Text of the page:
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Dear Brothers and Sisters in Christ,
For a second consecutive year, the U.S. Conference of Catholic Bishops has called for a Fortnight for Freedom, a two-week period of prayer and action from June 21 through the Fourth of July, to address many current challenges to religious liberty, including the Aug. 1, 2013, deadline for religious organizations to comply with an unjustly coercive mandate from the U.S. Department of Health and Human Services (HHS) to provide employees with health care plans covering free contraceptives, sterilizations and abortion-inducing drugs, regardless of any moral or religious objections.
Also, U.S. Supreme Court rulings expected in the next weeks could redefine marriage, and there are religious liberty concerns in areas such as immigration and humanitarian services.
Because we Americans naturally presume that freedom to practice one’s religion is guaranteed in our native land, we might find it difficult to accept that this fundamental right is being threatened.
As I understand it, the principal purposes of the Fortnight are to awaken Americans to the reality of governmental encroachments on the free practice of religion, and to invite Catholics and other persons of faith to offer prayers “for all in authority, that we may lead a quiet and tranquil life in all devotion and dignity” (1 Tm 2:2).
Today, some voices loudly insist that religious people should be content with the possibility of going to their church, synagogue or mosque, and conducting services.
The Catholic Church teaches that religious freedom is more than simply the possibility of worshiping God. The Second Vatican Council’s Declaration on Religious Freedom teaches that religious freedom, a fundamental human right, “means that all men are to be immune from coercion on the part of individuals or of social groups and of any human power, in such wise that no one is to be forced to act in a manner contrary to his own beliefs, whether privately or publicly, whether alone or in association with others, within due limits.” This right, therefore, is not simply freedom to worship, but also to live according to one’s beliefs. The same Declaration taught that “the right of the human person to religious freedom is to be recognized in the constitutional law whereby society is governed and thus it is to become a civil right” (Dignitatis Humanae, 2).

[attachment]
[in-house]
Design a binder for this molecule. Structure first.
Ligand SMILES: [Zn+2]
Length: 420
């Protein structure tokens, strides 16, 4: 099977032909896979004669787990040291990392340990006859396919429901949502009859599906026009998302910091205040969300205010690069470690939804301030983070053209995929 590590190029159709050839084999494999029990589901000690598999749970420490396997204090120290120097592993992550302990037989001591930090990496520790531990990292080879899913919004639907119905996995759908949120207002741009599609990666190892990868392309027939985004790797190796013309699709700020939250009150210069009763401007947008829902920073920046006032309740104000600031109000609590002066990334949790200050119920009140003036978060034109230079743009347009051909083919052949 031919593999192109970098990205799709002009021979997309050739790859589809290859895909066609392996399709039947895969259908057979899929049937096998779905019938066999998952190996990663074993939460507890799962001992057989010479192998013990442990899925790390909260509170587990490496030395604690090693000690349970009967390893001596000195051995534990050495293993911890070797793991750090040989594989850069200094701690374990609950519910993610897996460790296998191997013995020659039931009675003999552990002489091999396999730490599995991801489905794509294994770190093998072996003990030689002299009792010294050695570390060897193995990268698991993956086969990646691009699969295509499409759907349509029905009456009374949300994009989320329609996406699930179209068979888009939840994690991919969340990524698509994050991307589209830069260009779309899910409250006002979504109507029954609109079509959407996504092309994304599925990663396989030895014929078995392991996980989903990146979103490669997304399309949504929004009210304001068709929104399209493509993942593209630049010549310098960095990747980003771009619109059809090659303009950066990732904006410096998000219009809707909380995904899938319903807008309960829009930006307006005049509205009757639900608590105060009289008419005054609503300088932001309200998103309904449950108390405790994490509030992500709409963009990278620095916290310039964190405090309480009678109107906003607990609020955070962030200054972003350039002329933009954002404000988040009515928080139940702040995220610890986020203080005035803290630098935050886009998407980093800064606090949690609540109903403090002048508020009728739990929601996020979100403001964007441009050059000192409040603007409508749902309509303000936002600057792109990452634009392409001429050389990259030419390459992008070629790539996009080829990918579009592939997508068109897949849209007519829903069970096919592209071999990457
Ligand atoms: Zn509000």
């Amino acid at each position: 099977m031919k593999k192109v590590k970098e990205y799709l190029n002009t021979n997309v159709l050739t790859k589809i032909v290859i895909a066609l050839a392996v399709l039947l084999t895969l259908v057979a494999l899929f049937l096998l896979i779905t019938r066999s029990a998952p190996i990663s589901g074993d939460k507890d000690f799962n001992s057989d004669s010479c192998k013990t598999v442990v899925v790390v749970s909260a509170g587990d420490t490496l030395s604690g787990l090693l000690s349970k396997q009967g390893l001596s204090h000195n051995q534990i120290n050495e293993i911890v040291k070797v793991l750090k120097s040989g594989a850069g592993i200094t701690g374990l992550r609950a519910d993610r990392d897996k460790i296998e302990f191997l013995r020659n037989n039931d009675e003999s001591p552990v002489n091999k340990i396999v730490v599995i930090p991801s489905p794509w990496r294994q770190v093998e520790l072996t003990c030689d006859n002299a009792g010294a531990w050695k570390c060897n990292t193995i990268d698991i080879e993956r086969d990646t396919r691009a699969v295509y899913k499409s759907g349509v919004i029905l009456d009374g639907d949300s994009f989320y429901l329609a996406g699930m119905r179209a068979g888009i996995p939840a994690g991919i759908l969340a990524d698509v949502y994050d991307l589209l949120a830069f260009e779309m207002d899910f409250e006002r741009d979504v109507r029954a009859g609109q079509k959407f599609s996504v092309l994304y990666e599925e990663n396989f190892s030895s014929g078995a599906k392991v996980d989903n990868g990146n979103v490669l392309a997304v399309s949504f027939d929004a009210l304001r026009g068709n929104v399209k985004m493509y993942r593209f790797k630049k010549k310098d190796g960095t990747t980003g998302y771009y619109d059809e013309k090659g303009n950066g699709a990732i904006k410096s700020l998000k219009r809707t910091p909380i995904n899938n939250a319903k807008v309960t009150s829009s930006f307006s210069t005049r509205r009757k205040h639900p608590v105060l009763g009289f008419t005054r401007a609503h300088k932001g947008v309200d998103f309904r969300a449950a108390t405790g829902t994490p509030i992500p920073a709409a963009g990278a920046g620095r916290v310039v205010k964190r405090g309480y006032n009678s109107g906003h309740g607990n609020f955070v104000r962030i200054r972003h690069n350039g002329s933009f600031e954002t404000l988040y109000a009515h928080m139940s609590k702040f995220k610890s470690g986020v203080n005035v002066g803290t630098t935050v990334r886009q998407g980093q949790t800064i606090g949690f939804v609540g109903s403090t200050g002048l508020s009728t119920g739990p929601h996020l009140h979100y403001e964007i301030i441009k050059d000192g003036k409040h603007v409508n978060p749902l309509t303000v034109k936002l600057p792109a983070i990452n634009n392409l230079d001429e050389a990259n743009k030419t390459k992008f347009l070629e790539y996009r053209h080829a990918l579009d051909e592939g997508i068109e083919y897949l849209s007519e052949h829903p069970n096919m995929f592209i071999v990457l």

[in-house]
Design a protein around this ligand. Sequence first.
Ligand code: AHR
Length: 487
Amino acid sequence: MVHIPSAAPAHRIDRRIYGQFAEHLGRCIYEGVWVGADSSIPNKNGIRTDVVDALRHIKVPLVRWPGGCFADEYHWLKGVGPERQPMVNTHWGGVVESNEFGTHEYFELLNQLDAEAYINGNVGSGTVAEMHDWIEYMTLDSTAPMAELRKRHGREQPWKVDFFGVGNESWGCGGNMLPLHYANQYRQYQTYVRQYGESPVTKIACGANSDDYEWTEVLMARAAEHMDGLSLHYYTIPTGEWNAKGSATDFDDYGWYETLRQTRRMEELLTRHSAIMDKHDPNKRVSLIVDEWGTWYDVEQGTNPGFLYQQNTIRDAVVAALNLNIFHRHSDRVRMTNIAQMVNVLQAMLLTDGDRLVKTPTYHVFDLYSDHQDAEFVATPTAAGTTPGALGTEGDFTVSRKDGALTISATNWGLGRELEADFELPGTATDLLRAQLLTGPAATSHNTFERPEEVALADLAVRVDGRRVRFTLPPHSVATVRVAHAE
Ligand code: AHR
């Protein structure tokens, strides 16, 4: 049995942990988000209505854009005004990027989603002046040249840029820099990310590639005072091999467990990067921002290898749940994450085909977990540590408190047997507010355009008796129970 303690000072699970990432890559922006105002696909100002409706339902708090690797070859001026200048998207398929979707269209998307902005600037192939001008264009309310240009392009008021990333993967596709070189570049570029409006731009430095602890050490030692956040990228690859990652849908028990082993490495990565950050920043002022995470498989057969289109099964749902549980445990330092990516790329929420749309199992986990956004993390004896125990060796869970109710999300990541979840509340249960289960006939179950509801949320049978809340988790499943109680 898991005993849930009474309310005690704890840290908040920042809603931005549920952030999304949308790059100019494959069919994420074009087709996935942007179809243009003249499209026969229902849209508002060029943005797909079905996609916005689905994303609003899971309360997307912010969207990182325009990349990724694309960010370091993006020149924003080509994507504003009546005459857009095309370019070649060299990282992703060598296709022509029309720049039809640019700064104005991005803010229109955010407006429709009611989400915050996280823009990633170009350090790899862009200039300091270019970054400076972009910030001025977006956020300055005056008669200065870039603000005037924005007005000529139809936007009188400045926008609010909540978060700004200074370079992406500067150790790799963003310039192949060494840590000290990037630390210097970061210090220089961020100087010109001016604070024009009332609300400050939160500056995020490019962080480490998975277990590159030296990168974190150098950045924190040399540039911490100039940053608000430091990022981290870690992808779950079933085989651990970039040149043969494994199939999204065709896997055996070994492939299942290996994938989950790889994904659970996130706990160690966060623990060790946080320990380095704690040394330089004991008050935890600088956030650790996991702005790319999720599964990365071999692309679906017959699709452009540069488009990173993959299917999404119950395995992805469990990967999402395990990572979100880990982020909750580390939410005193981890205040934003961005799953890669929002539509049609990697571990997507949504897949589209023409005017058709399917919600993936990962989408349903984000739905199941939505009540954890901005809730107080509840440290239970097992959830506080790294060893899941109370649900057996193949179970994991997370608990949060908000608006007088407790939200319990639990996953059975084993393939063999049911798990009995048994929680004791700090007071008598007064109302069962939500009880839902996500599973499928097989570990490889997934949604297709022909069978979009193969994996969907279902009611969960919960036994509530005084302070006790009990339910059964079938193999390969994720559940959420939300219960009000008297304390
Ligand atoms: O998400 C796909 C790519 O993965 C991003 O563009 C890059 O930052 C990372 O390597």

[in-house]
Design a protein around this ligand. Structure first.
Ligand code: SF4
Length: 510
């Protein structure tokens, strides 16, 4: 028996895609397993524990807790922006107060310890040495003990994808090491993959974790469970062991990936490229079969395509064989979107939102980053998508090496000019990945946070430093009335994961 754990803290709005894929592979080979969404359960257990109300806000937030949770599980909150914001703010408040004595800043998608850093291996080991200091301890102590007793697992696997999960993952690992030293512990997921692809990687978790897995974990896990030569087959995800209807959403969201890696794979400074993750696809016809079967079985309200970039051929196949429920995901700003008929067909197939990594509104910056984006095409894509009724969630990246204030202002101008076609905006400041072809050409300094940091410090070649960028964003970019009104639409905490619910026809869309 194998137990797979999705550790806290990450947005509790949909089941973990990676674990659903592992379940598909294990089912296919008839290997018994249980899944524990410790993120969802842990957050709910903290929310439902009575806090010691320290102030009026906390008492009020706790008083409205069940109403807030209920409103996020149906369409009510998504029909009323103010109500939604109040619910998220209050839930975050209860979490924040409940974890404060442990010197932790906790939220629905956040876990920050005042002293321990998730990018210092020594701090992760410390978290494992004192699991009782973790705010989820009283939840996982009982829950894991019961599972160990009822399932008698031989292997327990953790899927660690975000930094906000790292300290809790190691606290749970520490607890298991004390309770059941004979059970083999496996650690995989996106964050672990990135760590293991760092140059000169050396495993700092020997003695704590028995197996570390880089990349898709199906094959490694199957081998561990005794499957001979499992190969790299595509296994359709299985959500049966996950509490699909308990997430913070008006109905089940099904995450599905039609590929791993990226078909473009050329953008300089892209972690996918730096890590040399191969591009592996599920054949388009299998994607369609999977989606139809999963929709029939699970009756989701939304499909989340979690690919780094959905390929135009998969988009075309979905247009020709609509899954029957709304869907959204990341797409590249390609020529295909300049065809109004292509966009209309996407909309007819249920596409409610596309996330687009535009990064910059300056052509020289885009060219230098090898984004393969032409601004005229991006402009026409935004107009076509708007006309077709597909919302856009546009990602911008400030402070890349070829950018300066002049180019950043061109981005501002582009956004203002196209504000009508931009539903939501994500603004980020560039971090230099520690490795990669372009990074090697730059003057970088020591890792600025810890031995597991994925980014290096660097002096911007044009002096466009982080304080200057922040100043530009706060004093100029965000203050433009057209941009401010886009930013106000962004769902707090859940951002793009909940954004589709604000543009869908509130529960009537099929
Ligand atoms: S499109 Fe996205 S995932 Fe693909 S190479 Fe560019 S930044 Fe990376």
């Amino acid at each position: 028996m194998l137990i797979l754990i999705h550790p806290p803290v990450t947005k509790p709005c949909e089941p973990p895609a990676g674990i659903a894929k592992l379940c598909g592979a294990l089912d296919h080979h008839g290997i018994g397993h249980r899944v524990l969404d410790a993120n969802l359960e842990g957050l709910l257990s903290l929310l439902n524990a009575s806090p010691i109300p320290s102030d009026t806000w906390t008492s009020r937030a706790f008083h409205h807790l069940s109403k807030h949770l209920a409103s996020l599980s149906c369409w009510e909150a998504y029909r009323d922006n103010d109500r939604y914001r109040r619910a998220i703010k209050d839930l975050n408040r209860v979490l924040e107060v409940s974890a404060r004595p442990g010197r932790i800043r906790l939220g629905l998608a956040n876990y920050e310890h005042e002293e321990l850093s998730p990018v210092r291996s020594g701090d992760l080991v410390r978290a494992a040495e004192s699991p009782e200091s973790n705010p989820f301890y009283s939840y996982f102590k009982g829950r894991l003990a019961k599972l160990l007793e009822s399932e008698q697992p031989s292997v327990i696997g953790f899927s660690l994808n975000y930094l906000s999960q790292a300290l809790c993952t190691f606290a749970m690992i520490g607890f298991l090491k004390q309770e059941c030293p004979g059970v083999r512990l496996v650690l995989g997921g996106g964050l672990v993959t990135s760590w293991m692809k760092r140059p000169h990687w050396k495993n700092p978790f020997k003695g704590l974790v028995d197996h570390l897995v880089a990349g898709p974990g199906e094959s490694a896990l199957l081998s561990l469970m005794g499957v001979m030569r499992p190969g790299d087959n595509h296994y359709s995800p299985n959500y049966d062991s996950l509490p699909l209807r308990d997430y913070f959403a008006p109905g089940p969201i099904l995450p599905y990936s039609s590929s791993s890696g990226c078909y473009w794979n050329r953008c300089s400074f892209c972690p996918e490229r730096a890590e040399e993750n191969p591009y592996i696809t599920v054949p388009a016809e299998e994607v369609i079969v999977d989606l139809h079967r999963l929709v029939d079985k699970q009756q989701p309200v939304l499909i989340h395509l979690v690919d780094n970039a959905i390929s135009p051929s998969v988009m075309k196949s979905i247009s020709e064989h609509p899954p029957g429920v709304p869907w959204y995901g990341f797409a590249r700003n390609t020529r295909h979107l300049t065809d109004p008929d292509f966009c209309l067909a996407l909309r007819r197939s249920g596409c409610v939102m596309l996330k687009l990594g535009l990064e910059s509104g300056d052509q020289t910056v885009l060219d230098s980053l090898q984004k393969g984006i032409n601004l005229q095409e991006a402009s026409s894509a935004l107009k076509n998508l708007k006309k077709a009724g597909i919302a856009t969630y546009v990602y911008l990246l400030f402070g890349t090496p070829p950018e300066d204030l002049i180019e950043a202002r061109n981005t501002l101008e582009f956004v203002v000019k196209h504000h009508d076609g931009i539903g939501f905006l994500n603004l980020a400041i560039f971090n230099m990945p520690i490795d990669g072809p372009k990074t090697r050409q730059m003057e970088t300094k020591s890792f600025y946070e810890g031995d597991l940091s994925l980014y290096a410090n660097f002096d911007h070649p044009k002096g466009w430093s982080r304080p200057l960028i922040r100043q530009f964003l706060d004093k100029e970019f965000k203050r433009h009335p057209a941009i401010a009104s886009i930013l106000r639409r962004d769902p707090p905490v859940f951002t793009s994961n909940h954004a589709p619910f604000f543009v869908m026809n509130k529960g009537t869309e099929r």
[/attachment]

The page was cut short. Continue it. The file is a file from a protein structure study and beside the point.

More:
The federal government has announced its intention to force religious groups, including charitable and philanthropic institutions of the Catholic Church, to provide products and services that the Church teaches are immoral. Individual states have attempted to place unjust restrictions on the exercise of Christian charity, whether it is aid to immigrants and refugees or the provision of adoption services.
The Fortnight for Freedom is an important opportunity to highlight these and other issues that regard religious liberty in the United States today. It offers a sobering moment for all of us to realize how religious freedom has eroded over time, and to ask for God’s help in protecting such a precious gift.
But the Fortnight is an occasion for even more than that. It also represents a chance for us, as citizens and believers, to take stock of the importance of religious freedom in the American experience.
Parishes can find suggestions for prayer services and other activities on the Internet at www.FortnightforFreedom.org.
Over the next two Sundays, I ask that each parish include a petition in the prayer of the faithful, asking God to enlighten this nation and her leaders to advance and protect religious liberty for people.
Through the intercession of Mary Immaculate, the patroness of the United States, may our country continue to be one nation, under God, with liberty and justice for all.
Sincerely yours in Christ,
Joseph W. Tobin, C.Ss.R.
Archbishop of Indianapolis